History and Benefits of Famous Diets Counting Calories

About the history and benefits of Dr. Peters original counting calories diet plan.


Counting Kal'-o-ries

The Head Woman: In 1918, when Lulu Hunt Peters condensed the state of the art of slenderizing in her best-selling book Diet and Health, vitamins were known as vitamines because they were thought to be amine compounds (some are not), and readers had to be taught the pronunciation of an unfamiliar word: kal'-o-ri. An M.D. from the University of California (1909), Dr. Peters was the first woman to intern at Los Angeles County General Hospital. She became chairman of the public health committee of the state Federation of Women's Clubs, wrote a syndicated daily health feature, and spent two years in the Balkans working for the Red Cross. As a woman with a chronic weight problem herself ("my idea of heaven is place with me and mine on a cloud of whipped cream"), she was naturally interested in diet. Rejecting such contemporary fads as a baked potato and skim milk three times daily, she put together a balanced diet with a mixture of common sense and good humor. Dr. Peters died in 1930, but her book outlived her, going into its 55th edition in 1939.

Overview: The calorie has been around since the 18th century as a unit for measuring heat and energy, but only in this century has it achieved widespread currency as a measure of weight control. Dr. Peters explained that in order to maintain your weight you need to consume 15 calories per pound per day (more if you are unusually active); if your intake is less than that, you will lose weight; if more, you will gain. Suggesting a diet of 1,200 calories a day, she provided menus with caloric equivalents "for those who do not have the desire to compute them." She favored a diet containing 10% to 15% of its calories in the form of protein, with 25% to 30% fats and 60% to 65% carbohydrates as fuel foods. You may eat what you want, provided you count your calories.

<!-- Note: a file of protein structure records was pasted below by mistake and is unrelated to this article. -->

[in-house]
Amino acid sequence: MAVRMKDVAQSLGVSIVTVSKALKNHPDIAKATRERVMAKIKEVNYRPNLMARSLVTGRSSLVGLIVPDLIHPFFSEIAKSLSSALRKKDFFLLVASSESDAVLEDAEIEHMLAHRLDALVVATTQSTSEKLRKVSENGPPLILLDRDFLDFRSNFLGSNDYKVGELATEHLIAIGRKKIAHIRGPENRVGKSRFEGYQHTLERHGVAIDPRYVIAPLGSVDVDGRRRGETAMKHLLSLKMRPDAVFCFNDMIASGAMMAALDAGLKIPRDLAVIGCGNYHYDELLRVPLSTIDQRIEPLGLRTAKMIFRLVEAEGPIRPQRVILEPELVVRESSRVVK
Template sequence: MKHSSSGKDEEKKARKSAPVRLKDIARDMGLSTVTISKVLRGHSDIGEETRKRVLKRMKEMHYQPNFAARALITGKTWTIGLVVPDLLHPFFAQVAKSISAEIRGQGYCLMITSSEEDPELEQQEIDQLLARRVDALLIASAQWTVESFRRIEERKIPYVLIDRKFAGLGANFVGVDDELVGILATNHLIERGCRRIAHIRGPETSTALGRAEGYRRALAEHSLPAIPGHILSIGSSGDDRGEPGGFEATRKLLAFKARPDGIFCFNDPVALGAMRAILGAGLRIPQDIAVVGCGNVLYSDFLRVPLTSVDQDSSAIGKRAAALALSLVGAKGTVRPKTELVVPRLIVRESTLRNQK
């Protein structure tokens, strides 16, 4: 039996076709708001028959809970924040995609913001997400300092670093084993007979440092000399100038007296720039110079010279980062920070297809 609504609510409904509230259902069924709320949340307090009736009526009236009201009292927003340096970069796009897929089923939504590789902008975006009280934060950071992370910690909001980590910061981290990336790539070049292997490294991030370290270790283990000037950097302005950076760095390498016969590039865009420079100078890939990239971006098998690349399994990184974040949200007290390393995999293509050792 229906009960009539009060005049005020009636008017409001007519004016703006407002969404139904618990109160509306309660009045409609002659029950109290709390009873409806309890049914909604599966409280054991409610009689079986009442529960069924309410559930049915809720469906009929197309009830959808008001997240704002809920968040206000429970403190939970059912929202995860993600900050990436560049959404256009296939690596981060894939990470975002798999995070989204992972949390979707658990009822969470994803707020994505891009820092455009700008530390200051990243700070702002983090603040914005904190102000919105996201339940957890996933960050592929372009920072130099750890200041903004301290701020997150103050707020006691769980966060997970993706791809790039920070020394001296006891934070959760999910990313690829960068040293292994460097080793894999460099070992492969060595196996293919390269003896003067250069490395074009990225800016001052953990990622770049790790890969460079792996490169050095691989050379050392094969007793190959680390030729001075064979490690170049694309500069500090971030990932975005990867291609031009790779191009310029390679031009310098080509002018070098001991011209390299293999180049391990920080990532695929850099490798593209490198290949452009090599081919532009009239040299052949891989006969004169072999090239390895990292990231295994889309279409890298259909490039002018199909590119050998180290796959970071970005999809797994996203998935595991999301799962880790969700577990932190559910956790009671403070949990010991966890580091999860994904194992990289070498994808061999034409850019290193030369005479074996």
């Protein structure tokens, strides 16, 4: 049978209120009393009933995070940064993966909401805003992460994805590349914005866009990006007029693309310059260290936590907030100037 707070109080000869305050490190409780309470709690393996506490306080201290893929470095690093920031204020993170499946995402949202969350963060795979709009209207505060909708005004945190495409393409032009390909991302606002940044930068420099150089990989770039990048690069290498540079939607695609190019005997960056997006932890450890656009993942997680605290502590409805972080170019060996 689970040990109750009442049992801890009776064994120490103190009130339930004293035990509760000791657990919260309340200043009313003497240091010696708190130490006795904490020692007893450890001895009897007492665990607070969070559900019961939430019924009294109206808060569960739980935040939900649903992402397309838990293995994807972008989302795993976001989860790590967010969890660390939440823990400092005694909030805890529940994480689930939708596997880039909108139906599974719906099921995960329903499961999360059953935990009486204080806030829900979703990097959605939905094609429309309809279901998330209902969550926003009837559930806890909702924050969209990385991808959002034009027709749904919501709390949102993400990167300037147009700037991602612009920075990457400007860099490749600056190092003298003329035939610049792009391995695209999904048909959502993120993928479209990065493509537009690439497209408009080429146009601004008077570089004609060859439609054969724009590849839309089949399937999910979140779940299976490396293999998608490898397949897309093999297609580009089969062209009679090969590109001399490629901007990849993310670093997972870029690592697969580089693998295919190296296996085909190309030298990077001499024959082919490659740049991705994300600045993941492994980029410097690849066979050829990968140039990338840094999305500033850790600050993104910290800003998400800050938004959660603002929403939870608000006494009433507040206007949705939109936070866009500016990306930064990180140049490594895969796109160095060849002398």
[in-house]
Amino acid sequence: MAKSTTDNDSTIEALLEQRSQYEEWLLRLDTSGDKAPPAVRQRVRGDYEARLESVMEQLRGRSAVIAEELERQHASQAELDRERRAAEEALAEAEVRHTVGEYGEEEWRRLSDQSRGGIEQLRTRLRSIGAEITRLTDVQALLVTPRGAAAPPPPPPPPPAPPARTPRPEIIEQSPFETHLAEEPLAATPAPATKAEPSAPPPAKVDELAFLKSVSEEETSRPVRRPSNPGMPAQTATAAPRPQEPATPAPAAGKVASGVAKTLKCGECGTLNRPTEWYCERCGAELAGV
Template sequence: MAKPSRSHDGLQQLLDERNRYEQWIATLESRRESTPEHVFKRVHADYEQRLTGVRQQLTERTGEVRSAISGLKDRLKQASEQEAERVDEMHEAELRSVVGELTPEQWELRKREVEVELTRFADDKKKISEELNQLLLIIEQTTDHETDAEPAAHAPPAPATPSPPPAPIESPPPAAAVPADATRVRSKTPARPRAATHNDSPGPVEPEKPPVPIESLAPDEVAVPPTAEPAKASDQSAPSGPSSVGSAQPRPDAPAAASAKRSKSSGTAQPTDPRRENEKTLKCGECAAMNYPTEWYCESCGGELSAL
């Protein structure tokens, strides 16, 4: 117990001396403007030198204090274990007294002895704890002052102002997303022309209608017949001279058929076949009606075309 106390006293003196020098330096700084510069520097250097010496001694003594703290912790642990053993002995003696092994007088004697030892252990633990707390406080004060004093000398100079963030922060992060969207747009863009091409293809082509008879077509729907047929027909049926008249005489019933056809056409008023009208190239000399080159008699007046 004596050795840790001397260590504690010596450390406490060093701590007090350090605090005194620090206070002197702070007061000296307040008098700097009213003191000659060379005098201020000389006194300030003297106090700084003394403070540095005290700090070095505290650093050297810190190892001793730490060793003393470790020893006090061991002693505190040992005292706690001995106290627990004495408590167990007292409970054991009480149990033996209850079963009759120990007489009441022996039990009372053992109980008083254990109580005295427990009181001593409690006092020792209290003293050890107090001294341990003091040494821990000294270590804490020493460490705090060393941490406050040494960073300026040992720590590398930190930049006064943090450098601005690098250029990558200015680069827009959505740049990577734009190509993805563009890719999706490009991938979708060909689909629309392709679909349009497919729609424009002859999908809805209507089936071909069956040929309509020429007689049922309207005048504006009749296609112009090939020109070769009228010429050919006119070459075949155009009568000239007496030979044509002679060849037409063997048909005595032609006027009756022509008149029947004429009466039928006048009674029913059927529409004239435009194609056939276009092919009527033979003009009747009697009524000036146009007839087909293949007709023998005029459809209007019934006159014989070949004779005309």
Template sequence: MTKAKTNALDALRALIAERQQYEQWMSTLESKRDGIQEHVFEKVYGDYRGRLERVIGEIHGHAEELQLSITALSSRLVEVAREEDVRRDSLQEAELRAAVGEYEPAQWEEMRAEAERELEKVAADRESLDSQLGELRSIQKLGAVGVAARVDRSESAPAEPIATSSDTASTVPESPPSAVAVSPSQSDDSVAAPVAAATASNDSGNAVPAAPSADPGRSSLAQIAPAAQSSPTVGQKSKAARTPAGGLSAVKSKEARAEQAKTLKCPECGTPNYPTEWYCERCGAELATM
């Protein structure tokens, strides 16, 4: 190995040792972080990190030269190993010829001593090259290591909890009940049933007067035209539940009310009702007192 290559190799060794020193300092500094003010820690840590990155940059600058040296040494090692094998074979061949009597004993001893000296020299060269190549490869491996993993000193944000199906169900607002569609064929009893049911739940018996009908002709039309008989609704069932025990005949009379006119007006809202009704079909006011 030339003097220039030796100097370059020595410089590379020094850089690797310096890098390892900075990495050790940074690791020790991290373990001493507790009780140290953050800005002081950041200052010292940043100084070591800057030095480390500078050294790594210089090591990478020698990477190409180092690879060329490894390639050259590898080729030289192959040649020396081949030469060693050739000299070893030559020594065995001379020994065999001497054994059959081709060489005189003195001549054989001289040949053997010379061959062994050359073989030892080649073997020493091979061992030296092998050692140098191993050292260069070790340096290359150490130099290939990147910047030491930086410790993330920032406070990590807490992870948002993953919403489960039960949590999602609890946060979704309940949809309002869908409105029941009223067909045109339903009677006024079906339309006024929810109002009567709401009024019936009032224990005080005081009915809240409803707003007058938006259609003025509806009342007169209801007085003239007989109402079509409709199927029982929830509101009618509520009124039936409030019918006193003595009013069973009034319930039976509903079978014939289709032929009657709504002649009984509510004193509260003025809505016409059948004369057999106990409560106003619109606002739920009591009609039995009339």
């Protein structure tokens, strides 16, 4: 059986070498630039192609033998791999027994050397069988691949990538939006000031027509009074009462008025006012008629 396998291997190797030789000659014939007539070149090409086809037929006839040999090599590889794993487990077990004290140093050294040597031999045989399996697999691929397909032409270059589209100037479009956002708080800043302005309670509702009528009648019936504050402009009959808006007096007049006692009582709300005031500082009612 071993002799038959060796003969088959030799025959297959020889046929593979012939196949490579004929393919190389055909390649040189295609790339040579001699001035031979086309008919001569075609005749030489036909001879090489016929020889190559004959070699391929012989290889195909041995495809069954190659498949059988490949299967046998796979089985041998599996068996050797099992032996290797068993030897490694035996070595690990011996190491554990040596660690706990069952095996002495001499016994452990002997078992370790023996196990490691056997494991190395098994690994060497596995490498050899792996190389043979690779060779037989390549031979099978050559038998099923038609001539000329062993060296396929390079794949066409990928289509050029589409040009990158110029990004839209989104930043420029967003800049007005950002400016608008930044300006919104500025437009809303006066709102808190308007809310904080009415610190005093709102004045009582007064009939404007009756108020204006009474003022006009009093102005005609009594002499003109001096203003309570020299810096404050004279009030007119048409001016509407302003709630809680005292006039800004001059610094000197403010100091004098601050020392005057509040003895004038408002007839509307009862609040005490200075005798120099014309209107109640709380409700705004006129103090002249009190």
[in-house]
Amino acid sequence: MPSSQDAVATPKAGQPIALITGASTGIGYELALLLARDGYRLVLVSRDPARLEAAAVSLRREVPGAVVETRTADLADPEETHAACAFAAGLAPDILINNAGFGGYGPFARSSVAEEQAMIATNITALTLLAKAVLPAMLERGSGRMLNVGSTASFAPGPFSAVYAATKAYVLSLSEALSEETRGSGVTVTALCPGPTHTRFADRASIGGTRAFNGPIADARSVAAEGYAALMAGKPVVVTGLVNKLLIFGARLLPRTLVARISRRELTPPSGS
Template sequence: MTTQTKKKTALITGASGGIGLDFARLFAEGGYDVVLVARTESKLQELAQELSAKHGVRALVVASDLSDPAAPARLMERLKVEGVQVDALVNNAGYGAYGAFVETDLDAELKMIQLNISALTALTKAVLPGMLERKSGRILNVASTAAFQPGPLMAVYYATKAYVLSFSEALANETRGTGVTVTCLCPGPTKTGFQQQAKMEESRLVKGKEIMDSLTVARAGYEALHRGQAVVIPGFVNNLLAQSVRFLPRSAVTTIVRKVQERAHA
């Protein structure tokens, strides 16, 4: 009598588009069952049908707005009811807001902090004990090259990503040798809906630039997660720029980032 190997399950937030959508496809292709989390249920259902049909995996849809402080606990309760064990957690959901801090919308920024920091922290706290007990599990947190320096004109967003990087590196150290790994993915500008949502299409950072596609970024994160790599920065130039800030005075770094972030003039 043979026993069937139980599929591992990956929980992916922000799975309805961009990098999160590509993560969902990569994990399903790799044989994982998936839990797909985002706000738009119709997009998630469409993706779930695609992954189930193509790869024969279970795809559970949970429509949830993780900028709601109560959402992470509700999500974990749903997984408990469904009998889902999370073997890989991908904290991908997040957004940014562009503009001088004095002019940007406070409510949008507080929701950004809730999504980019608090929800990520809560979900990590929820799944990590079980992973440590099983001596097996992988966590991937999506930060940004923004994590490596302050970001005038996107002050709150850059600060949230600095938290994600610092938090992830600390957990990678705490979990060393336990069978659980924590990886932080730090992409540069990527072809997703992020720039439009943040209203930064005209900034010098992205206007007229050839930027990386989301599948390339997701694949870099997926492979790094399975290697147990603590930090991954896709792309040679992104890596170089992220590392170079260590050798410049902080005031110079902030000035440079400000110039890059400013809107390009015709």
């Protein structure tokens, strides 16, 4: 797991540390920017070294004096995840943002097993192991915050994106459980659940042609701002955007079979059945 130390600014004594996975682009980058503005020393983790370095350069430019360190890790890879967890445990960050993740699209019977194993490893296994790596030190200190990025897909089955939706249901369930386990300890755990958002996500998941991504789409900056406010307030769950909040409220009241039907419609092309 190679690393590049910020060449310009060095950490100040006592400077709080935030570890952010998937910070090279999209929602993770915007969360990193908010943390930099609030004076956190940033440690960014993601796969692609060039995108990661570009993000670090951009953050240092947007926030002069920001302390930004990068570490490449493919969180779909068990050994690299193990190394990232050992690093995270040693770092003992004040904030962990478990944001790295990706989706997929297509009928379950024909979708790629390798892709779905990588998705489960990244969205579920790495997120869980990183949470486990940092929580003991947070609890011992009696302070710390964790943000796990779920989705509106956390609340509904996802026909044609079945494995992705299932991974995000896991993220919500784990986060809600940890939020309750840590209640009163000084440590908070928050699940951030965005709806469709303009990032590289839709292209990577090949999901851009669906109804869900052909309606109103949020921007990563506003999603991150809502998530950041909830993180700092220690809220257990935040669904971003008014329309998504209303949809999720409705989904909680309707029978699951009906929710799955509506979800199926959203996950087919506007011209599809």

Begin your diet with a one-day water fast, Dr. Peters recommended, to "discipline" and shrink your stomach. To get through those moments of temptation, try sucking on dried lemon or orange peel or aromatic breath sweeteners. Moderate calisthenics are advisable so that "you won't be thinking about yourself."

In the belief that "there is a great deal of psychology to reducing," Dr. Peters thought it might be helpful to form a diet club with a public weighing-in ceremony. Anyone failing to lose at least 1 lb. a week (2 to 3 lb. being desirable) would be fined and the proceeds would be donated to charity.

Pro: The basic relationship between calorie intake and weight level is clearly explained by Dr. Peters, and her diet provides a generally sound nutritional program for weight loss.

Con: The diet is deficient in calcium, and adding foods rich in this mineral would bring up its calorie count. A greater variety of foods would eliminate much of the diet's repetitive quality. Fasting, which Peters recommends for weight loss, has been found to be useful only when employed with caution.

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